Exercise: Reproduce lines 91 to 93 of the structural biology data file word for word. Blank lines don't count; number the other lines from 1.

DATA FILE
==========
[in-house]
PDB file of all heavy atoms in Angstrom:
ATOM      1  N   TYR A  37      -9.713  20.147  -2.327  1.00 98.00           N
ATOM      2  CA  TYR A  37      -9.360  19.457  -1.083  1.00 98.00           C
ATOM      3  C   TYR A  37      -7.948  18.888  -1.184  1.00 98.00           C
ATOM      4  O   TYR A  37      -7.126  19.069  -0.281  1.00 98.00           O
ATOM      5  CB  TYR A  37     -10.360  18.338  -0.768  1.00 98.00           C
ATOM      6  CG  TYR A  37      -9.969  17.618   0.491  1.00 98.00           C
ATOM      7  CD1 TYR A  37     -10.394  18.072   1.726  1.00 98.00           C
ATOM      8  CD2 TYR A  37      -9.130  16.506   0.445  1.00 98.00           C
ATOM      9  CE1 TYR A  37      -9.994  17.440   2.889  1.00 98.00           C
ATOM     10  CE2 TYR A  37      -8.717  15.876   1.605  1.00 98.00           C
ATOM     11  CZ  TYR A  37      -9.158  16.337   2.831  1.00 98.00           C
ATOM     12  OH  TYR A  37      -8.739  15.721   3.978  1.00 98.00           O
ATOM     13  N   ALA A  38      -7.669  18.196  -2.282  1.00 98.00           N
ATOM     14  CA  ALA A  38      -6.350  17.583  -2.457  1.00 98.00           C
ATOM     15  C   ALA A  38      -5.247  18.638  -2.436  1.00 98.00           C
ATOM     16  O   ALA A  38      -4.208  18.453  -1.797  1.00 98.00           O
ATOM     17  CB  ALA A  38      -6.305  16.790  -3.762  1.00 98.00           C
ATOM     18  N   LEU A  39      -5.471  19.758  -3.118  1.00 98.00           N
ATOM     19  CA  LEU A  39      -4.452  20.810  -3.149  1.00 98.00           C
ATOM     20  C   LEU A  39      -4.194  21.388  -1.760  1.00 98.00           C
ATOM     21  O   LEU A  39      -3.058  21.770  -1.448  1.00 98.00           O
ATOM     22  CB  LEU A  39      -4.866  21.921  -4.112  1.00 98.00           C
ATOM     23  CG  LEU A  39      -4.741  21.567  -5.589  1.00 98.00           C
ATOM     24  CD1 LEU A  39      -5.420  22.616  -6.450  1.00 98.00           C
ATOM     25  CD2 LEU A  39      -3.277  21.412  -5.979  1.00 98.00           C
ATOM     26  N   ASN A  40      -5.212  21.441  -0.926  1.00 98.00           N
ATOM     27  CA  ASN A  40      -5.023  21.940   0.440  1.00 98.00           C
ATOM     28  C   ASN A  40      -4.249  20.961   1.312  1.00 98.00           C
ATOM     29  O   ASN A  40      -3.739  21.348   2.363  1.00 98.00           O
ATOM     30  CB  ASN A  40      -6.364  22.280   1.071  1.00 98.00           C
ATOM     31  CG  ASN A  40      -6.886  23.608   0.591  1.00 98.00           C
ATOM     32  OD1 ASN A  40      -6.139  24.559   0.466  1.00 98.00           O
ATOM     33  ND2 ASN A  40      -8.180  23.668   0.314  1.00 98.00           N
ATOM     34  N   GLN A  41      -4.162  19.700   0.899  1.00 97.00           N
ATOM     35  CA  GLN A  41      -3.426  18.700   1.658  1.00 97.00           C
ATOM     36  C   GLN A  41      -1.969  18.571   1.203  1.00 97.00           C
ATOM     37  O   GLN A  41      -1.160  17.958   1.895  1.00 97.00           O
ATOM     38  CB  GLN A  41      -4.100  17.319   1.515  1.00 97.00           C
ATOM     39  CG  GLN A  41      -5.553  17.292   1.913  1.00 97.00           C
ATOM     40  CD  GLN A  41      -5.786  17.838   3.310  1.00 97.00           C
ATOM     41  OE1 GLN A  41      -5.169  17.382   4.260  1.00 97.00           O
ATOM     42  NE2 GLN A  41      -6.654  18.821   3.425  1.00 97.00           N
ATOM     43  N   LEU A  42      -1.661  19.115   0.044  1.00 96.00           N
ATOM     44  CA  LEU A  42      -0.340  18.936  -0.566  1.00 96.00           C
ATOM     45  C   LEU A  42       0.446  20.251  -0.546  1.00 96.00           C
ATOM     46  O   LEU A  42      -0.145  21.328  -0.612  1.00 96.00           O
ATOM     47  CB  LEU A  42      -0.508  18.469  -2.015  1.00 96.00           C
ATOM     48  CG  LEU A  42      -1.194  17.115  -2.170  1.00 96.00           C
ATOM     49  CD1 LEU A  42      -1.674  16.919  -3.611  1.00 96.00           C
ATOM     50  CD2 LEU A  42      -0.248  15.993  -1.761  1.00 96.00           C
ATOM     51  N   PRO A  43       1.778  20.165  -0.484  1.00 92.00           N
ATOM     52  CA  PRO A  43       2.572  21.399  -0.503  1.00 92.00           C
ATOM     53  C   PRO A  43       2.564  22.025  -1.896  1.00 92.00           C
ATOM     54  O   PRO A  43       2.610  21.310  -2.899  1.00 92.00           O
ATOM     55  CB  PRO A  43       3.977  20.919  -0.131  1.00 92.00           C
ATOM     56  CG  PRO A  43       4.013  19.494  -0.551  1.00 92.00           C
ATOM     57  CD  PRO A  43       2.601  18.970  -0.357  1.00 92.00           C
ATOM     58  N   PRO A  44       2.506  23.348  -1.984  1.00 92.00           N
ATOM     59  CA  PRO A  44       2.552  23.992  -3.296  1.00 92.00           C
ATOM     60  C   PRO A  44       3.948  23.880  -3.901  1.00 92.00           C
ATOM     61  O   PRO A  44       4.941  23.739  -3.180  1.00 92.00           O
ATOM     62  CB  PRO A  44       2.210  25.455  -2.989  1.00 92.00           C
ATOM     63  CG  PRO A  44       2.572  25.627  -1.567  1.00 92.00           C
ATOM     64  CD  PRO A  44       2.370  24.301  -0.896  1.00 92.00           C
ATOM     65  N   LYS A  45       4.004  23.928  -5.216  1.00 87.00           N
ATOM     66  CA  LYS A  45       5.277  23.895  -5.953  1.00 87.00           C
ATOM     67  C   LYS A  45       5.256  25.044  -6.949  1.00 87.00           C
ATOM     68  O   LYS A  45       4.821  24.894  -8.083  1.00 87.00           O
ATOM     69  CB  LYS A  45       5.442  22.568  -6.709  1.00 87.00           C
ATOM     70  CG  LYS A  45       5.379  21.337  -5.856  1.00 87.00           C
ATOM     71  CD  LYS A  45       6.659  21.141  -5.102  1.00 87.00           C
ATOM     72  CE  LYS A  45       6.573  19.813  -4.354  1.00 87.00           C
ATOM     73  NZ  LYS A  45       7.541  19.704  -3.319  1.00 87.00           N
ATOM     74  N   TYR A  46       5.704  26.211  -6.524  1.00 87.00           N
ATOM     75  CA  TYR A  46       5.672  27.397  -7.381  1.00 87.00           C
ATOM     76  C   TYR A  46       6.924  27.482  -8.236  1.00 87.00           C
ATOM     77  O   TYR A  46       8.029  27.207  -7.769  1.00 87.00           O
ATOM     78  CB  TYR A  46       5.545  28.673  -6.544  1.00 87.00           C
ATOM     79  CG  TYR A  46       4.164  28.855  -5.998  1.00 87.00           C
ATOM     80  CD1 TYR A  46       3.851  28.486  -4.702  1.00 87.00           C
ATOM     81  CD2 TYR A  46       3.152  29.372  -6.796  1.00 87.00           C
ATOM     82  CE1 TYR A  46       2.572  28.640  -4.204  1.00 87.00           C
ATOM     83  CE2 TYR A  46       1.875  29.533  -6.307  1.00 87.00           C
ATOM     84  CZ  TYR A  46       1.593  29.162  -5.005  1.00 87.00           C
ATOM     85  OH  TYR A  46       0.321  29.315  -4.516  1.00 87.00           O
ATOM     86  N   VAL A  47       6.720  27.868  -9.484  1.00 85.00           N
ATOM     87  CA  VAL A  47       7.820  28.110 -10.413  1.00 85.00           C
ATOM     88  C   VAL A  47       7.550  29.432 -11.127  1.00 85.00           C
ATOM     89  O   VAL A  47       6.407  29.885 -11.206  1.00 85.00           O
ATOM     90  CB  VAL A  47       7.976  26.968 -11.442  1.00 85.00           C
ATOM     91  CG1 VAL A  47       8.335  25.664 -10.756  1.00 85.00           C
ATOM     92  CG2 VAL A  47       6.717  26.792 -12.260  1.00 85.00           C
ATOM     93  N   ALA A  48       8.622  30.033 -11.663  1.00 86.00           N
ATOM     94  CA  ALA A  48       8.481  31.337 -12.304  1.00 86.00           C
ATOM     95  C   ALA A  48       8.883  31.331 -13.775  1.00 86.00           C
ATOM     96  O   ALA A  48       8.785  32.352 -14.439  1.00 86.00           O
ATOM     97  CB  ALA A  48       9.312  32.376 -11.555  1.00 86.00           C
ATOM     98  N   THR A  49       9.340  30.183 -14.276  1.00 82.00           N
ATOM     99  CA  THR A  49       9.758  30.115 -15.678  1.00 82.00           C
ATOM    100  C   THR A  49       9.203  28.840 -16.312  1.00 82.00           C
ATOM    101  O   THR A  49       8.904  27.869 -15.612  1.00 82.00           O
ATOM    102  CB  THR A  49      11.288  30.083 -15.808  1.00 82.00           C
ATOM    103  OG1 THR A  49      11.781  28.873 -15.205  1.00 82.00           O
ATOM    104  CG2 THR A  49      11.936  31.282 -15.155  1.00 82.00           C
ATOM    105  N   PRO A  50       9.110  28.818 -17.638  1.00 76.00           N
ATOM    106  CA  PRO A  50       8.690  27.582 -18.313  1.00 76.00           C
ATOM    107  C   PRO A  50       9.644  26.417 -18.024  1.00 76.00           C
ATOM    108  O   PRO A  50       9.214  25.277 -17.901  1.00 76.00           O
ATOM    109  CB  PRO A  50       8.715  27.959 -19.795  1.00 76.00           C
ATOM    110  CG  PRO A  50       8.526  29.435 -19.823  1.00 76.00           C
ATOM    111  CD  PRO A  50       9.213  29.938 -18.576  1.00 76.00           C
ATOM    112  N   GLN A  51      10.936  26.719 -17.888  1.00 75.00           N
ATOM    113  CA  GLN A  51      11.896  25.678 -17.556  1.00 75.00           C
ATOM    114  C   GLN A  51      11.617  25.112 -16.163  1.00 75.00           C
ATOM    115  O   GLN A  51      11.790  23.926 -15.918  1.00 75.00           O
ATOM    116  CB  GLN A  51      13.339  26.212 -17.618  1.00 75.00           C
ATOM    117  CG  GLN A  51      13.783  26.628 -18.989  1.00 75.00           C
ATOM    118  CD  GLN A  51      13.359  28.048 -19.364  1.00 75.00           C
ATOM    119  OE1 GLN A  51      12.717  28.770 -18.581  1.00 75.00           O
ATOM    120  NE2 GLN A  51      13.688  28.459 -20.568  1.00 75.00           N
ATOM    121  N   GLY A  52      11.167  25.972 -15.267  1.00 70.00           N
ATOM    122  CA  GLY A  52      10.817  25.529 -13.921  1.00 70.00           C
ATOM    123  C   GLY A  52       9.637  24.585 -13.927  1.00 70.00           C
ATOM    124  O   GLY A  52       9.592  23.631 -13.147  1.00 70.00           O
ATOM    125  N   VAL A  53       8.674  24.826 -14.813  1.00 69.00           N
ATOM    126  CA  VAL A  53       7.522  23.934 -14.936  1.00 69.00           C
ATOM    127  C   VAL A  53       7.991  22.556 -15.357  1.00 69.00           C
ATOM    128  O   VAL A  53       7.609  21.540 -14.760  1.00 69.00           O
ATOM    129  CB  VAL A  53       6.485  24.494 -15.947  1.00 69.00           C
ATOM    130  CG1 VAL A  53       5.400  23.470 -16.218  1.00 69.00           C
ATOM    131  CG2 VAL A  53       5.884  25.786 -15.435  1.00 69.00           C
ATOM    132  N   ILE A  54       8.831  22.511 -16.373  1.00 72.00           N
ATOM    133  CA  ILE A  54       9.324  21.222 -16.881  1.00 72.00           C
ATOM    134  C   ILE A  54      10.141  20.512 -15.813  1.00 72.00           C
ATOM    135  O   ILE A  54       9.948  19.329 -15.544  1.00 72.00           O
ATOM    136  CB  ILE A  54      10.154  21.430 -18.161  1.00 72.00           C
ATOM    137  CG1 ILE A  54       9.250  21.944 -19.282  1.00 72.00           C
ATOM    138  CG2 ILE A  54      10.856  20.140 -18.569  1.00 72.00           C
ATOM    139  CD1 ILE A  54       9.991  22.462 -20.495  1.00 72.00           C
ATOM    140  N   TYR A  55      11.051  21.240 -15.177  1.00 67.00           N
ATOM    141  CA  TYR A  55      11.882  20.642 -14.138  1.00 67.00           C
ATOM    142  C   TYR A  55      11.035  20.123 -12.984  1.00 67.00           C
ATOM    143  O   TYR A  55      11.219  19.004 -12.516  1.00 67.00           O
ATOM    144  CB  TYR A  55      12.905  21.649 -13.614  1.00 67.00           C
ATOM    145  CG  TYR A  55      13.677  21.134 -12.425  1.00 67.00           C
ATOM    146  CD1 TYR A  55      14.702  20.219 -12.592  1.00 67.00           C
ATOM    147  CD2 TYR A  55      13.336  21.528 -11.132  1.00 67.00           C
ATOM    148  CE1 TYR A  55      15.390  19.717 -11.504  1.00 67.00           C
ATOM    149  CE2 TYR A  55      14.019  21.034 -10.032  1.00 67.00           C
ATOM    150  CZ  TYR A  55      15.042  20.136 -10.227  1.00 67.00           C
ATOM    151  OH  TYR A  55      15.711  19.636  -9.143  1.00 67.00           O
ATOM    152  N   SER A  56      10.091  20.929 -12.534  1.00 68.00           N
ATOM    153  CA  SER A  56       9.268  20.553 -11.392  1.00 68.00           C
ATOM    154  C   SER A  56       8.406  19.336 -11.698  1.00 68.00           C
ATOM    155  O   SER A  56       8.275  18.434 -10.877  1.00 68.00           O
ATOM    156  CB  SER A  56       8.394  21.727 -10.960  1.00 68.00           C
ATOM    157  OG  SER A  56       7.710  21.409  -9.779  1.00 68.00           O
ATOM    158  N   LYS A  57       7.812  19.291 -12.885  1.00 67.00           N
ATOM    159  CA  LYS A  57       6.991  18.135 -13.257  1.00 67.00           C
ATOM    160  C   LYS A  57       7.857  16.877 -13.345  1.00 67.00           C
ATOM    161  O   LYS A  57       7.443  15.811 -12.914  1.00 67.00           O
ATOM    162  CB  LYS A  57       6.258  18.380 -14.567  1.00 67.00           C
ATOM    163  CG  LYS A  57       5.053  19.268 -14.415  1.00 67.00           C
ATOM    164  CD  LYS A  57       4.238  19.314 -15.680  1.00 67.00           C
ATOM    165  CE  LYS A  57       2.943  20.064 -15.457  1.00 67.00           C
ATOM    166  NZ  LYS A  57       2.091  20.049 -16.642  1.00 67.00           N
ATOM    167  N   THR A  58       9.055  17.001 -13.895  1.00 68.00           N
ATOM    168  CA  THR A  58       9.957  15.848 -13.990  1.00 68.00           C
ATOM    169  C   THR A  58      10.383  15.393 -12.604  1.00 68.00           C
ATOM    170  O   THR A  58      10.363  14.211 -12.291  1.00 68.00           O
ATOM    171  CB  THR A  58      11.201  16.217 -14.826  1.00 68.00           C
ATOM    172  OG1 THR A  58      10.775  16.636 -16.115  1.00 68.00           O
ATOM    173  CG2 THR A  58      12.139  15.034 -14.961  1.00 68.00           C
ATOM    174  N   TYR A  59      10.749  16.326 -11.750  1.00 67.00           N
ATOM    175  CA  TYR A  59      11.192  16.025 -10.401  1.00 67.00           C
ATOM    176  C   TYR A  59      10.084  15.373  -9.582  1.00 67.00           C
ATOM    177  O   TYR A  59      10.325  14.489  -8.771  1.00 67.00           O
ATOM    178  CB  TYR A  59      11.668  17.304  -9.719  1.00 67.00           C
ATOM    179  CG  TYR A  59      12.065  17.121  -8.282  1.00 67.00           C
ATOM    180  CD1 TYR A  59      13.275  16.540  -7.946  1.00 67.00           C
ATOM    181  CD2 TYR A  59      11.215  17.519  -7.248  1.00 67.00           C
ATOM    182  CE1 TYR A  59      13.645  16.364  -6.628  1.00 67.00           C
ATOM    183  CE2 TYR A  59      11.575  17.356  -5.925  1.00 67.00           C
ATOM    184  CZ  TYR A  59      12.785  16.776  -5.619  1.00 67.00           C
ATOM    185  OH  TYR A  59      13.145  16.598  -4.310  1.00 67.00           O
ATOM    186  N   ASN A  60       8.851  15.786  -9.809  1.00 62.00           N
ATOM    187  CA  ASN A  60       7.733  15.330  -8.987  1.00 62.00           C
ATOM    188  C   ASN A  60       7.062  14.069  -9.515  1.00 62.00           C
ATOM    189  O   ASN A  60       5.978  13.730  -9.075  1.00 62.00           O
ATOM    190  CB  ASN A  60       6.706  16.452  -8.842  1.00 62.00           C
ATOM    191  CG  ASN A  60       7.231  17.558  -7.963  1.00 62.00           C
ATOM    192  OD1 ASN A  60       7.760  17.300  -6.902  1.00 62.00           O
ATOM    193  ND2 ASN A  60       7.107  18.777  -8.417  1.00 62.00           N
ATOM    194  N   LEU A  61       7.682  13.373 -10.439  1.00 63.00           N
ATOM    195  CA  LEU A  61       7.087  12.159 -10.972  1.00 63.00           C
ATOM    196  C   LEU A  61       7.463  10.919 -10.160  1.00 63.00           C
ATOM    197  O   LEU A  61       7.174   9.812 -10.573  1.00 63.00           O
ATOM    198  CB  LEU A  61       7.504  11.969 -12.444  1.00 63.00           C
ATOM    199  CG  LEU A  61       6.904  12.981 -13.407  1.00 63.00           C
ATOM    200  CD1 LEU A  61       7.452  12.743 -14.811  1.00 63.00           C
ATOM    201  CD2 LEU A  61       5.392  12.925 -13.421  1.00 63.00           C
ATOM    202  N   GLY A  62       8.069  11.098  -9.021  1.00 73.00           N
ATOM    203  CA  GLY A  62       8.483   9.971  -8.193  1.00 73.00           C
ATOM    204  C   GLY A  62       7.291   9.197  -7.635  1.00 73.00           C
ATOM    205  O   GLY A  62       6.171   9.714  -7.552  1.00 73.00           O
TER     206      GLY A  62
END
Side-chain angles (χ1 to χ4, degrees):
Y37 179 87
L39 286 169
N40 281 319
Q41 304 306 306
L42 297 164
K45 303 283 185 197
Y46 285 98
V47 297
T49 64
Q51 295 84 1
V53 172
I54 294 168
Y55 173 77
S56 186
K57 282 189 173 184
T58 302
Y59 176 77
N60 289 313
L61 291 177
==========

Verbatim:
ATOM     89  O   VAL A  47       6.407  29.885 -11.206  1.00 85.00           O
ATOM     90  CB  VAL A  47       7.976  26.968 -11.442  1.00 85.00           C
ATOM     91  CG1 VAL A  47       8.335  25.664 -10.756  1.00 85.00           C